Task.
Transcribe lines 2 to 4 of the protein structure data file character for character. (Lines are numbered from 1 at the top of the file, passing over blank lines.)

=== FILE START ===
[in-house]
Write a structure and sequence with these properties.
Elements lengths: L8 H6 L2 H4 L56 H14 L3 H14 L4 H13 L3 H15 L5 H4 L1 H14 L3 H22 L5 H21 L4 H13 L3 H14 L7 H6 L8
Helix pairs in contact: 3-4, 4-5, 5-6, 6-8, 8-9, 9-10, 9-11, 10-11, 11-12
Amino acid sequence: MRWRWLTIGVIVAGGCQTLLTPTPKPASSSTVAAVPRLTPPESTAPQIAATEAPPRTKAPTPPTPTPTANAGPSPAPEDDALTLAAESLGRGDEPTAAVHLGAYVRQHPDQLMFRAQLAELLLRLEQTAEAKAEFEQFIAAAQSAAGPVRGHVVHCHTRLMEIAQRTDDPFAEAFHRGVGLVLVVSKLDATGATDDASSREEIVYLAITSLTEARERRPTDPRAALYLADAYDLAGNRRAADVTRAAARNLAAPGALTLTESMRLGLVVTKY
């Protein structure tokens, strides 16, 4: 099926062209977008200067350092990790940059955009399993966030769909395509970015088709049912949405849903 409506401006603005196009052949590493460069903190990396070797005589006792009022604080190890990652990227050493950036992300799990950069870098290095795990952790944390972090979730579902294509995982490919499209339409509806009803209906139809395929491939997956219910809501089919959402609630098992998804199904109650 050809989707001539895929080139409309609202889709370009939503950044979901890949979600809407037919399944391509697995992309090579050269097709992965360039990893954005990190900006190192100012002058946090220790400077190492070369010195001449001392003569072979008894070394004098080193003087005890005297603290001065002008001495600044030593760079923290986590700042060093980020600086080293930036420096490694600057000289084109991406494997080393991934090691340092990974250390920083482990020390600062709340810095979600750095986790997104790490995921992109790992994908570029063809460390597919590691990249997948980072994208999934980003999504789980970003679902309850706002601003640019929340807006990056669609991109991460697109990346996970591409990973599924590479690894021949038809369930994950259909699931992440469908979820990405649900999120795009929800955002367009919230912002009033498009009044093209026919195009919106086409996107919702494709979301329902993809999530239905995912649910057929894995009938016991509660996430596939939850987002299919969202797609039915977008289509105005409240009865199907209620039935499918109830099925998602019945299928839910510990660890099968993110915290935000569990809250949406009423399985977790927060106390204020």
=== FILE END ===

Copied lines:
Write a structure and sequence with these properties.
Elements lengths: L8 H6 L2 H4 L56 H14 L3 H14 L4 H13 L3 H15 L5 H4 L1 H14 L3 H22 L5 H21 L4 H13 L3 H14 L7 H6 L8
Helix pairs in contact: 3-4, 4-5, 5-6, 6-8, 8-9, 9-10, 9-11, 10-11, 11-12